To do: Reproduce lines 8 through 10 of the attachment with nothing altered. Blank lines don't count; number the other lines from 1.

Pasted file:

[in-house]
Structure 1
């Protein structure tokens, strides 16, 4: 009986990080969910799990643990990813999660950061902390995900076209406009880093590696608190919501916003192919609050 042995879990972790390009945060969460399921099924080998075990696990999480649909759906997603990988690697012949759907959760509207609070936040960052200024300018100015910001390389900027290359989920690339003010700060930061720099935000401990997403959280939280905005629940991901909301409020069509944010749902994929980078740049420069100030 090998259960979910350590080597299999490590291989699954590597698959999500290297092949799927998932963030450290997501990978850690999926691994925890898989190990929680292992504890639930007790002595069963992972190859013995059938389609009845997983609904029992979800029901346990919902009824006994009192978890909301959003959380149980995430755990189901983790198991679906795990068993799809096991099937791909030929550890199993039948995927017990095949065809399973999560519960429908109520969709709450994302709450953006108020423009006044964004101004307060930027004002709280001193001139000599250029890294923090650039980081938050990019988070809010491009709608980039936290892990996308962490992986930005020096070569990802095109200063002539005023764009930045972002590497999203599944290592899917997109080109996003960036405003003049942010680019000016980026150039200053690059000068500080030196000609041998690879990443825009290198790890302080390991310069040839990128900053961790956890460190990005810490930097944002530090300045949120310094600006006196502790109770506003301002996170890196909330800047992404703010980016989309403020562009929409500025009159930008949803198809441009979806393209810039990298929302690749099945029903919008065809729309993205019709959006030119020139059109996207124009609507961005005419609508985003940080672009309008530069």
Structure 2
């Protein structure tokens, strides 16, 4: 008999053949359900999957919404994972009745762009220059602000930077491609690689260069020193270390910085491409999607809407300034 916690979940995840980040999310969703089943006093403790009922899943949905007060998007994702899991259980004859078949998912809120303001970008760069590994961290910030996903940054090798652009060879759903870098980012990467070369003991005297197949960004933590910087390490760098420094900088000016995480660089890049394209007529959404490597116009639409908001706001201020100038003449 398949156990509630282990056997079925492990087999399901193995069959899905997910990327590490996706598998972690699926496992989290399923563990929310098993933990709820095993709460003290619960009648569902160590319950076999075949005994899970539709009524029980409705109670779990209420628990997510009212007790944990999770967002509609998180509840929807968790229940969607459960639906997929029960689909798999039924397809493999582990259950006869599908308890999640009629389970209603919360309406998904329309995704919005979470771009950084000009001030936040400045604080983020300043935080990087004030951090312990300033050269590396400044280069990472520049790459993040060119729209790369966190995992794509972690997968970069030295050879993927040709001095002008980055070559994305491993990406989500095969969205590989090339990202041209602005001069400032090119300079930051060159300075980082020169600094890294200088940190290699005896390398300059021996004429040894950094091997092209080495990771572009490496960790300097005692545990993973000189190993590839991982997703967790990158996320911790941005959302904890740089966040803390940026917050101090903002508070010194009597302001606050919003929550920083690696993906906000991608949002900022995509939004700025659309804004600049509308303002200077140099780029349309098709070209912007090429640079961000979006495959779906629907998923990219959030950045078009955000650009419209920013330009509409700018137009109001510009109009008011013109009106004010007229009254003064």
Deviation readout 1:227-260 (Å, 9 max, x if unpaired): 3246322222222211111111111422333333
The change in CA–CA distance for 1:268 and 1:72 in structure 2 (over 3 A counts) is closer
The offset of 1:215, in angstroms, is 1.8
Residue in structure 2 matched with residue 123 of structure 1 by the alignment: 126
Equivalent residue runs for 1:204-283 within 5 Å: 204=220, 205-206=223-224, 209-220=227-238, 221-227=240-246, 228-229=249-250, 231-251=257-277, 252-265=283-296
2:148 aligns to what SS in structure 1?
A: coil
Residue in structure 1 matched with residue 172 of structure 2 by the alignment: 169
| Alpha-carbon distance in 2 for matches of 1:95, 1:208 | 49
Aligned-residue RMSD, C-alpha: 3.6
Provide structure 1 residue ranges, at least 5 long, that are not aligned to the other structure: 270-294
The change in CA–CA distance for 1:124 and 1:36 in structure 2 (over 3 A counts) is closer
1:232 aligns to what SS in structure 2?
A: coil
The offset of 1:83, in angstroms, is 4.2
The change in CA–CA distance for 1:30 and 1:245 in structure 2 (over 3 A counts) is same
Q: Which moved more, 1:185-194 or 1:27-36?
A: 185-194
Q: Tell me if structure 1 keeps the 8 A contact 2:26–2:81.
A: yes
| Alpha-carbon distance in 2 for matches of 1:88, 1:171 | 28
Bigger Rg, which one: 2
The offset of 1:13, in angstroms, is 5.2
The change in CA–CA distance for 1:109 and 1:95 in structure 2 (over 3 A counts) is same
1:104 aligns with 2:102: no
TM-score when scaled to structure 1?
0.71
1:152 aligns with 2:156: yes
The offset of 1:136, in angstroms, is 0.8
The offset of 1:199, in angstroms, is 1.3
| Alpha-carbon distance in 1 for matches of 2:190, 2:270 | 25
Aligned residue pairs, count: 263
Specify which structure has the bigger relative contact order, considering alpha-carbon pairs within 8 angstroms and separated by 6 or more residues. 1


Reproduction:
The offset of 1:215, in angstroms, is 1.8
Residue in structure 2 matched with residue 123 of structure 1 by the alignment: 126
Equivalent residue runs for 1:204-283 within 5 Å: 204=220, 205-206=223-224, 209-220=227-238, 221-227=240-246, 228-229=249-250, 231-251=257-277, 252-265=283-296